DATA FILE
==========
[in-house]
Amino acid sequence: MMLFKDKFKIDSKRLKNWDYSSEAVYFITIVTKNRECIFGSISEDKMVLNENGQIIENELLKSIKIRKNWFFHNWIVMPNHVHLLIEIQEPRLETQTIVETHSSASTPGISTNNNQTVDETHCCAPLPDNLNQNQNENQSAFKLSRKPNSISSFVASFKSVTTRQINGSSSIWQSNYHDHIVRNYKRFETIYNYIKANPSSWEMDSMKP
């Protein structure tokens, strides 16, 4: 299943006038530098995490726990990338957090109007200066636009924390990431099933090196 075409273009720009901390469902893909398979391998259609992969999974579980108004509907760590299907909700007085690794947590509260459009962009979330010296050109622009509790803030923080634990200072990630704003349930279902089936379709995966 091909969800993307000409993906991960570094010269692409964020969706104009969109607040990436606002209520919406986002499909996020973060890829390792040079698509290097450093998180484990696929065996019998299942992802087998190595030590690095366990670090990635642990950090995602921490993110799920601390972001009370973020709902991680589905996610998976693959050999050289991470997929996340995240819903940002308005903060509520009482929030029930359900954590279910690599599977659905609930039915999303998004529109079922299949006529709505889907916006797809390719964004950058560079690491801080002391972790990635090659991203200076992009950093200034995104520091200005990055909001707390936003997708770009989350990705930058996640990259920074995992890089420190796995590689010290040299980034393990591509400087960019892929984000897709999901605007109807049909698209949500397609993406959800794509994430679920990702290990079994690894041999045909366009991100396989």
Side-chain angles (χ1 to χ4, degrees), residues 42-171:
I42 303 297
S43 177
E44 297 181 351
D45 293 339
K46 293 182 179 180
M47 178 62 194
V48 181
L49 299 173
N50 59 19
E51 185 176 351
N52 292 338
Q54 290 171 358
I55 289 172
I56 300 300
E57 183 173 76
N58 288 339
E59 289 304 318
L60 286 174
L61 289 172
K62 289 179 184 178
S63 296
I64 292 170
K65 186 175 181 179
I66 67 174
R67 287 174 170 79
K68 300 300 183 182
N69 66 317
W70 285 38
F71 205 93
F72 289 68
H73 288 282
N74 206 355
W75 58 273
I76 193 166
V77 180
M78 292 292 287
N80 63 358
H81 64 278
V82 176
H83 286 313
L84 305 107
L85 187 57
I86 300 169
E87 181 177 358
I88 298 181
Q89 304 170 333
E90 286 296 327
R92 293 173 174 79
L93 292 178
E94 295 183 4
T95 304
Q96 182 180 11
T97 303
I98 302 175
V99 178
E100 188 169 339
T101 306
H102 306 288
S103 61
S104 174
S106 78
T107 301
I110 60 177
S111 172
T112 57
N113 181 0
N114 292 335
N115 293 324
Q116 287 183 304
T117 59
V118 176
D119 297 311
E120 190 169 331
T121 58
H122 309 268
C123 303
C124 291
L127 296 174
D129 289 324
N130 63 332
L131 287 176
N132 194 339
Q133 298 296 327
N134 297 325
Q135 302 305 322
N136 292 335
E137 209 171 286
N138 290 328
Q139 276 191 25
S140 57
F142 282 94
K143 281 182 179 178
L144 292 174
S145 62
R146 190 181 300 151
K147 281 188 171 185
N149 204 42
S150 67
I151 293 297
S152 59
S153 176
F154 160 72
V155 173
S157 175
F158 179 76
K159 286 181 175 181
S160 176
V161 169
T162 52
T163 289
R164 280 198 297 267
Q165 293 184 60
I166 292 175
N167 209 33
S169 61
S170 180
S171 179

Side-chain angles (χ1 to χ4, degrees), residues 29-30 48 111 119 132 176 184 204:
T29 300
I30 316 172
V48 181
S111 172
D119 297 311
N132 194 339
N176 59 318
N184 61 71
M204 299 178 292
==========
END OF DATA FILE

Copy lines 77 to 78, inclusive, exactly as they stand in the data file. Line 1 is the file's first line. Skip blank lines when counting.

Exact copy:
E120 190 169 331
T121 58